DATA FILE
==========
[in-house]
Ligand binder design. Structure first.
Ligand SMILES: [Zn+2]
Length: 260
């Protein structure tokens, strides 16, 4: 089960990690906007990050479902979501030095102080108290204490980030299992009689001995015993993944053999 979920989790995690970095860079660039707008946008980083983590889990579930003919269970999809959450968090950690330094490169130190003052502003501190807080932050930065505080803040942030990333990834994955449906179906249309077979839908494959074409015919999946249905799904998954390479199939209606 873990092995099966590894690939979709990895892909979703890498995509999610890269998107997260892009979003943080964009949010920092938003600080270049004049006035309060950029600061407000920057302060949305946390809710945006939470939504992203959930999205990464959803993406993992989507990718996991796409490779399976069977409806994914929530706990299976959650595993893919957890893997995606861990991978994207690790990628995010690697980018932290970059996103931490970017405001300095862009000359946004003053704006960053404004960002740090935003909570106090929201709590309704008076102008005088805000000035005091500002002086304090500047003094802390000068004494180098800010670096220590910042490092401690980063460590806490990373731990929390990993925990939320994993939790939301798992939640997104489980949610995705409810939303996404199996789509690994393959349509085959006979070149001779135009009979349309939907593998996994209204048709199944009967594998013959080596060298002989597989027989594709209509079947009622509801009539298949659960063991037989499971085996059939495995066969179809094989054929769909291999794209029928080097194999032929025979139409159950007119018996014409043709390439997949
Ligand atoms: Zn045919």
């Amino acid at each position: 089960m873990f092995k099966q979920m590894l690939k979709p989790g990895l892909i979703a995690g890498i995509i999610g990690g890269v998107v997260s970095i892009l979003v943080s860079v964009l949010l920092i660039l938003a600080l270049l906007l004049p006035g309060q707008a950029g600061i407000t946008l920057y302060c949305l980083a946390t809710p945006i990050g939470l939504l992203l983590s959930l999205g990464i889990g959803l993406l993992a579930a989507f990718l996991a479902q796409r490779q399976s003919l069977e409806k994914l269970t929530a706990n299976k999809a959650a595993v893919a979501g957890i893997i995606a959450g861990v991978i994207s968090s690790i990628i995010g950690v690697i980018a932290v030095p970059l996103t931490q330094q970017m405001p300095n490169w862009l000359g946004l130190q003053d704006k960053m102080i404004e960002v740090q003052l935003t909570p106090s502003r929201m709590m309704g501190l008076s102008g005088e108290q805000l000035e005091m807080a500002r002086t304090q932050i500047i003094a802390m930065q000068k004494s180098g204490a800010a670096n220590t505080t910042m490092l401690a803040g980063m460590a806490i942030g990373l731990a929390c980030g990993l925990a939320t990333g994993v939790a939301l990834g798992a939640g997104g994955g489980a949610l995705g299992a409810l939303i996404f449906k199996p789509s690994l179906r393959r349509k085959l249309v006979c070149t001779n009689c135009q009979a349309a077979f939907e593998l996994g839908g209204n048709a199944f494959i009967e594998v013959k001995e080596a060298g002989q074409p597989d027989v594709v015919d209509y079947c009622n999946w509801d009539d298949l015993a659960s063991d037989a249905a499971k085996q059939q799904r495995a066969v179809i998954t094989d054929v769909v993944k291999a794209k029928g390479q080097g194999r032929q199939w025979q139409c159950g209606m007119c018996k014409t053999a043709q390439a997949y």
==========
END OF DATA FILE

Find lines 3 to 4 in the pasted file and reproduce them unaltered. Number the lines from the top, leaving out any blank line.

Ligand SMILES: [Zn+2]
Length: 260